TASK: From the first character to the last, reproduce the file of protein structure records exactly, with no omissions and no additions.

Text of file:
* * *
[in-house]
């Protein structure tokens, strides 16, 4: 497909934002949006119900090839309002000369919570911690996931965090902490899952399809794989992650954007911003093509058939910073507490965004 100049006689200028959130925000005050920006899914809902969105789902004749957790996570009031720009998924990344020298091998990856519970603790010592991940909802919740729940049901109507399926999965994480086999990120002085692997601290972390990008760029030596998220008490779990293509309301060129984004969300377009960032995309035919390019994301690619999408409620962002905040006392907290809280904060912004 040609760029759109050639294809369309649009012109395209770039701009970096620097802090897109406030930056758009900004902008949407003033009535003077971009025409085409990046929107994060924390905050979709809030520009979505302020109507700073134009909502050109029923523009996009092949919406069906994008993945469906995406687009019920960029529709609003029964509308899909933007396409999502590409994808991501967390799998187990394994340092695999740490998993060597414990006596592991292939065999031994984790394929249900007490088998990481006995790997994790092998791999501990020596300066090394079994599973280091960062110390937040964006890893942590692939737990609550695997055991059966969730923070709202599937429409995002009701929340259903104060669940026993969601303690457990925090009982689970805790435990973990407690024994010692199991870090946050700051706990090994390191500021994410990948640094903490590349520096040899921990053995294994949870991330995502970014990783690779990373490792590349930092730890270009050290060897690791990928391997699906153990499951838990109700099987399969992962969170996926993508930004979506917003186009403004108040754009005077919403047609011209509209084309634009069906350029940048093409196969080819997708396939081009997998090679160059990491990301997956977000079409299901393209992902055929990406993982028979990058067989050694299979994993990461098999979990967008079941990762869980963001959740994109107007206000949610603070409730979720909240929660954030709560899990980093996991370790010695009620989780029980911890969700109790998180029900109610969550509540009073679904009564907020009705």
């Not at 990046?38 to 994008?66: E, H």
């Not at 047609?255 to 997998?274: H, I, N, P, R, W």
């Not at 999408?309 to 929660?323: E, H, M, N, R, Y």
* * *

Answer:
[in-house]
């Protein structure tokens, strides 16, 4: 497909934002949006119900090839309002000369919570911690996931965090902490899952399809794989992650954007911003093509058939910073507490965004 100049006689200028959130925000005050920006899914809902969105789902004749957790996570009031720009998924990344020298091998990856519970603790010592991940909802919740729940049901109507399926999965994480086999990120002085692997601290972390990008760029030596998220008490779990293509309301060129984004969300377009960032995309035919390019994301690619999408409620962002905040006392907290809280904060912004 040609760029759109050639294809369309649009012109395209770039701009970096620097802090897109406030930056758009900004902008949407003033009535003077971009025409085409990046929107994060924390905050979709809030520009979505302020109507700073134009909502050109029923523009996009092949919406069906994008993945469906995406687009019920960029529709609003029964509308899909933007396409999502590409994808991501967390799998187990394994340092695999740490998993060597414990006596592991292939065999031994984790394929249900007490088998990481006995790997994790092998791999501990020596300066090394079994599973280091960062110390937040964006890893942590692939737990609550695997055991059966969730923070709202599937429409995002009701929340259903104060669940026993969601303690457990925090009982689970805790435990973990407690024994010692199991870090946050700051706990090994390191500021994410990948640094903490590349520096040899921990053995294994949870991330995502970014990783690779990373490792590349930092730890270009050290060897690791990928391997699906153990499951838990109700099987399969992962969170996926993508930004979506917003186009403004108040754009005077919403047609011209509209084309634009069906350029940048093409196969080819997708396939081009997998090679160059990491990301997956977000079409299901393209992902055929990406993982028979990058067989050694299979994993990461098999979990967008079941990762869980963001959740994109107007206000949610603070409730979720909240929660954030709560899990980093996991370790010695009620989780029980911890969700109790998180029900109610969550509540009073679904009564907020009705």
């Not at 990046?38 to 994008?66: E, H």
């Not at 047609?255 to 997998?274: H, I, N, P, R, W």
């Not at 999408?309 to 929660?323: E, H, M, N, R, Y």